A lifeboat rescue volunteer of almost 30 years has been given an MBE for his contribution to maritime safety.
Steve Davies, of Kingsbridge, Swansea, has held many roles with Horton and Port Eynon RNLI including crew member, helmsman, training co-ordinator and lifeboat mechanic.
He is well known in the community for giving talks to educate people about the dangers of the sea.
RNLI chief executive Paul Rossier said he had "undoubtedly saved many lives".
Jenny Broughton, 80, of Cardiff, MBE for services to sexual equality and families
Jenny Broughton was a founder member of Families and Friends of Lesbians and Gays (Fflag), a voluntary organisation which runs a helpline for relatives and friends of gay people and campaigns for equality.
She said: "I'm very proud because I do feel that it is an honour not just for me but for Fflag, for the organisation and the work which parents all over the country have done for 21 years and continue to do."
A former actress and librarian, Mrs Broughton's daughter came out as a lesbian when she was 17.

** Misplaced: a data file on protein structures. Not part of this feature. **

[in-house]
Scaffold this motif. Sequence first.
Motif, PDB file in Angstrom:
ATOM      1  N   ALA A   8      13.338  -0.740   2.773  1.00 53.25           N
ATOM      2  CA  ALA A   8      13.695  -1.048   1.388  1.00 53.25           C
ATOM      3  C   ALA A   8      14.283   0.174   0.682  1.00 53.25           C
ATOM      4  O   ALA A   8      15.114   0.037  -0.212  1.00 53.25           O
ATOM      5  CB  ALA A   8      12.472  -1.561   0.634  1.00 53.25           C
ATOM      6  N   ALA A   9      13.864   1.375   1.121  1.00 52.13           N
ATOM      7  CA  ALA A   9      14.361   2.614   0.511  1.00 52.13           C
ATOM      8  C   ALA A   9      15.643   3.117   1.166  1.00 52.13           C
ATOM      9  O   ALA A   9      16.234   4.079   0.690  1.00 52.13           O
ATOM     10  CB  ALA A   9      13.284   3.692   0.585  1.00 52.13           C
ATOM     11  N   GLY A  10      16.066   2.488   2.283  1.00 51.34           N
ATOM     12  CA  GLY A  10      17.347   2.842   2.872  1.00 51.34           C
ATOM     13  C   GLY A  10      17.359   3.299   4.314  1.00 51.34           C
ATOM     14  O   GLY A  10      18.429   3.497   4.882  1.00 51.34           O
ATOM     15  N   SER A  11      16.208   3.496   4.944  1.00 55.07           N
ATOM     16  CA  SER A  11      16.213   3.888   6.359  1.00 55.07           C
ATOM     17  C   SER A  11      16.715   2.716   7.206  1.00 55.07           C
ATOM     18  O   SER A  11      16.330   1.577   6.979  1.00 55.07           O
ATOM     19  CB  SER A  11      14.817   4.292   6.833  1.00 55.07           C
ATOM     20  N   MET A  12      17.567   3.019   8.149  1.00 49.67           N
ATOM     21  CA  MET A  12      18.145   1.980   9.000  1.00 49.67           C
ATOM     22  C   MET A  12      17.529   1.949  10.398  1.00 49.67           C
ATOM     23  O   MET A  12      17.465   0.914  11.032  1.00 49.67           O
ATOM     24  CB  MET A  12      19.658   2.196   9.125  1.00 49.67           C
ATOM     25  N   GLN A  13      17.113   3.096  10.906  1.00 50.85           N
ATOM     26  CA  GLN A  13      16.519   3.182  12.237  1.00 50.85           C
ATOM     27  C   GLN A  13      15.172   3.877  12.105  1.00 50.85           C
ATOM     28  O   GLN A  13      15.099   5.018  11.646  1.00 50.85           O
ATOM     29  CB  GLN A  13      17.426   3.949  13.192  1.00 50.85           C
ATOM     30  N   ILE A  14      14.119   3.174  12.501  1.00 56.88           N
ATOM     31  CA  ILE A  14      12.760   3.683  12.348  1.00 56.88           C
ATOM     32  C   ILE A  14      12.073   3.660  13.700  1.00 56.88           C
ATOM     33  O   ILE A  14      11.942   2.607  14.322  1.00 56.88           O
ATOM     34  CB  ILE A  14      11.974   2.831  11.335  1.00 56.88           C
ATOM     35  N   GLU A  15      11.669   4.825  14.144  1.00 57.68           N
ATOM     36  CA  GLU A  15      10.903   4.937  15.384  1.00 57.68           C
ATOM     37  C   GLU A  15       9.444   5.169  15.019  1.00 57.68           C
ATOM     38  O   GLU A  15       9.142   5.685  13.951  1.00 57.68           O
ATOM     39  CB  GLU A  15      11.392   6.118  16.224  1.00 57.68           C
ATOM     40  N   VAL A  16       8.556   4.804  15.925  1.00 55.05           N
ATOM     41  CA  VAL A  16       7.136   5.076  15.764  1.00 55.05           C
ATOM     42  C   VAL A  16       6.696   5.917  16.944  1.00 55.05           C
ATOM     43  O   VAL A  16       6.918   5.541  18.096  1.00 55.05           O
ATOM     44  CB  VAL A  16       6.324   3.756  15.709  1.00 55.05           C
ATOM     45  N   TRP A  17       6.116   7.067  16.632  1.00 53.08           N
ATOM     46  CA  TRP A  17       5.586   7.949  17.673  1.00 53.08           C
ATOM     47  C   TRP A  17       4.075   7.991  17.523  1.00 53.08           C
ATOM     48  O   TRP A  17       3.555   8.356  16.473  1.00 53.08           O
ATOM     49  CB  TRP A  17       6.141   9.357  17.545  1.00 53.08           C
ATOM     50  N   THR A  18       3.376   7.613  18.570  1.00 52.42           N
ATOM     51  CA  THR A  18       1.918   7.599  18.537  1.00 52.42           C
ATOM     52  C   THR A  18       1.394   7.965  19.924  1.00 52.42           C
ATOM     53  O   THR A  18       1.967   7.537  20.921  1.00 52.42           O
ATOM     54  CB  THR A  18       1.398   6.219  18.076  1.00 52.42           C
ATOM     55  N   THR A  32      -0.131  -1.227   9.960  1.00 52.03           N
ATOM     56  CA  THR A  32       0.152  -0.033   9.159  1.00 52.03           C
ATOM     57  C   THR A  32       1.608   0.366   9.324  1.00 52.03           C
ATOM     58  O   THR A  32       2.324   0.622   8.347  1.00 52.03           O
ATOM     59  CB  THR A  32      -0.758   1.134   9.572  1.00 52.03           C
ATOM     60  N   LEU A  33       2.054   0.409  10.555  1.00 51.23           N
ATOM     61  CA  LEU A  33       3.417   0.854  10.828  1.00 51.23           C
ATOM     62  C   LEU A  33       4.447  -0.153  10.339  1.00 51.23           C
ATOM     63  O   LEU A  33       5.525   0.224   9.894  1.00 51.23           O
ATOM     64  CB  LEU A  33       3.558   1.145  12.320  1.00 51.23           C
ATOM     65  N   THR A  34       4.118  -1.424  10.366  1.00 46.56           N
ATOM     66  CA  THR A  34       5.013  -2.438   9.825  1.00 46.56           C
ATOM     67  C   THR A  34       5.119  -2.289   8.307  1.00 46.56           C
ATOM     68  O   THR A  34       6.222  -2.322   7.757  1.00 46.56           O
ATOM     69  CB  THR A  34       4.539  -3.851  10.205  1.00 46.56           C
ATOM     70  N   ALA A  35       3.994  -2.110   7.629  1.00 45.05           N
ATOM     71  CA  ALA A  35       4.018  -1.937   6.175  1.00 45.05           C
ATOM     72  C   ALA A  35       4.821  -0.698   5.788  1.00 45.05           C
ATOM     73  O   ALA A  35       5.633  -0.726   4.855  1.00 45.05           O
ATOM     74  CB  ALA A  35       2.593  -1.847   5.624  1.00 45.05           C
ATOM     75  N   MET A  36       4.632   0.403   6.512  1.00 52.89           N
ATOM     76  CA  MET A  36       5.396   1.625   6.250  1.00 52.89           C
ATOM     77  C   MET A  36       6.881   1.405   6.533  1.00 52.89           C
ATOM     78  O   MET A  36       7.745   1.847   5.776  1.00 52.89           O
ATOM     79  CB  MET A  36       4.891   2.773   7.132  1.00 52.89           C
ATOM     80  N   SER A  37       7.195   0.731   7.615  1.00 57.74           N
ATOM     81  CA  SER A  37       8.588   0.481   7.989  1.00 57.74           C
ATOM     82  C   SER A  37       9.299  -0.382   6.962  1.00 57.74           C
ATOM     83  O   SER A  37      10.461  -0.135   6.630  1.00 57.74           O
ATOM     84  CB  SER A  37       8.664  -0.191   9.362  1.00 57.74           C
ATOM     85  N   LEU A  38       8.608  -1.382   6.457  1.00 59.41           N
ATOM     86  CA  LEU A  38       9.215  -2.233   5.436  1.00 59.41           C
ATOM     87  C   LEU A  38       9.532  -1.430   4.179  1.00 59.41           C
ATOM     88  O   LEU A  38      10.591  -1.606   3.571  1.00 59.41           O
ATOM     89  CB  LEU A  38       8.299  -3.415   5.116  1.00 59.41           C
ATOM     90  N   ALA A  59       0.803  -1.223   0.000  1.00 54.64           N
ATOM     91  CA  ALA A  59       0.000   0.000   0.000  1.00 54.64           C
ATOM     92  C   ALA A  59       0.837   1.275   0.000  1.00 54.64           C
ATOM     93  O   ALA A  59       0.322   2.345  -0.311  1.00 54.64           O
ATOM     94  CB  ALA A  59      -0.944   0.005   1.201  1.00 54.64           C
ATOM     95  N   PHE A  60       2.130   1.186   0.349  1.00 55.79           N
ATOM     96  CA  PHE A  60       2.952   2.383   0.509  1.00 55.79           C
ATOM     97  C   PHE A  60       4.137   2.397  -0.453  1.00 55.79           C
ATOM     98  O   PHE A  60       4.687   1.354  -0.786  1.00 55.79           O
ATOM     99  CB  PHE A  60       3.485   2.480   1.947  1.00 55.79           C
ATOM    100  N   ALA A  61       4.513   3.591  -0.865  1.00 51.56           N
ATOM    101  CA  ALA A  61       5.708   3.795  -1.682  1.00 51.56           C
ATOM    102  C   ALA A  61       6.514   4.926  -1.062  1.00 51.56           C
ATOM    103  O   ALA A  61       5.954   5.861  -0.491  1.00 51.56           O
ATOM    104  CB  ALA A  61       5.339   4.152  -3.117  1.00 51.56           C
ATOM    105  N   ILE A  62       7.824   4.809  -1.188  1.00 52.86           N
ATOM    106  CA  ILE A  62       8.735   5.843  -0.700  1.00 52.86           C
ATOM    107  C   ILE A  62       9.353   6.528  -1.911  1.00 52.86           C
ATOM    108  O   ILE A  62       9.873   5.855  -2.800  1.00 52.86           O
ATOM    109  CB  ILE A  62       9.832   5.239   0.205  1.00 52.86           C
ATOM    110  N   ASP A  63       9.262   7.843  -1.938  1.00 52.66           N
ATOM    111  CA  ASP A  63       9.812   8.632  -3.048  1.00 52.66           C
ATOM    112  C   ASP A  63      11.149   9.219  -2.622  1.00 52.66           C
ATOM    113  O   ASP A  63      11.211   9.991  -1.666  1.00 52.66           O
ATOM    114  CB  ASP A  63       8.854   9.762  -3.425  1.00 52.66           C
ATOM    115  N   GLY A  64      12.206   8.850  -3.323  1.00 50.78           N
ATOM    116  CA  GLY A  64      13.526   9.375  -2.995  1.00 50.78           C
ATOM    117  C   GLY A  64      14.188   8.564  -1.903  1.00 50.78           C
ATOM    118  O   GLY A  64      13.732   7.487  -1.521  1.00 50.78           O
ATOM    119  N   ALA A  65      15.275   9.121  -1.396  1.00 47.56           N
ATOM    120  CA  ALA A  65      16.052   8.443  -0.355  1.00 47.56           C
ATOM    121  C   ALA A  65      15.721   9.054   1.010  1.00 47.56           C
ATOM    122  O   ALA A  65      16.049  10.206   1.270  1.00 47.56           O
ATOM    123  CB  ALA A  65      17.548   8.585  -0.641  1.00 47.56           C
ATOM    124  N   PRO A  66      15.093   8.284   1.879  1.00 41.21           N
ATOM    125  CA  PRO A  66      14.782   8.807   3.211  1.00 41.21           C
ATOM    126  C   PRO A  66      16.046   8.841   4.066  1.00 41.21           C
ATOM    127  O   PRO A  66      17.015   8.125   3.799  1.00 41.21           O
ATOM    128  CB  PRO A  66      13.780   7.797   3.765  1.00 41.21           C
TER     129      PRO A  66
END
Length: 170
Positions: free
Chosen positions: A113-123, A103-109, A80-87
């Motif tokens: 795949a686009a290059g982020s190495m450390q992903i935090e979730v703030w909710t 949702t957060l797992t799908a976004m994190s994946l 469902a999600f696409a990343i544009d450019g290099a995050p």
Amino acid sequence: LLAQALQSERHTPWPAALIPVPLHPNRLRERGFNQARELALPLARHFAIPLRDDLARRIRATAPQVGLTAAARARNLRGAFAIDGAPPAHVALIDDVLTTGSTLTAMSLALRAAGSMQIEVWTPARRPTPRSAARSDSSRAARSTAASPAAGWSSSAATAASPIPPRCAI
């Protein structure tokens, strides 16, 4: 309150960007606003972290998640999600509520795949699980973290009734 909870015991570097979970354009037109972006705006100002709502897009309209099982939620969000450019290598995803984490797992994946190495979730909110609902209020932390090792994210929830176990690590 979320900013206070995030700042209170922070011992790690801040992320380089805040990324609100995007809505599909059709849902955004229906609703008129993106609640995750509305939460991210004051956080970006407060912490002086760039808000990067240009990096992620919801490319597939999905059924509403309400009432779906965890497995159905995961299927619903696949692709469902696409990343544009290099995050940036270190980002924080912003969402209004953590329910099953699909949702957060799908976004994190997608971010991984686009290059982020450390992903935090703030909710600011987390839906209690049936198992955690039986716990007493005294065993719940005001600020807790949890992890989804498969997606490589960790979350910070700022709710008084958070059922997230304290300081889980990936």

At that time, she was living in Exeter, Devon, and set up the area's first local parental support group for families of lesbian, gay and bisexual people.
Fflag was founded in 1993 and was set up to help families support one another.
"There were parents who didn't know where to turn and didn't understand the situation and families that were being driven apart by this," she said.
Mrs Broughton also campaigned against Section 28, which banned the promotion of homosexuality in schools, and for the equalisation of the age of consent.
Valerie Margaret Allen, 72, of Cardiff, BEM for voluntary service to rider and equine safety
Since the early 1980s, Valerie Allen has trained young riders for the British Horse Society and Pony Club riding and road safety test.
More than 500 riders have been guided by her knowledge and experience, and in 2011, she was highly commended for her voluntary safety work with an award from the South Wales Police Authority.
A great experience as a member of Pentyrch Pony Club in the 1950s prompted Mrs Allen to want to give something back, so she started her own club.
Mrs Allen said: "It's absolutely brilliant, I never expected to receive this and I was just overwhelmed with excitement, I'm really pleased. I've really enjoyed it and it's been a wonderful experience.
"I think all riders should be capable of taking riding and road safety tests for their own sake and the ponies or horses."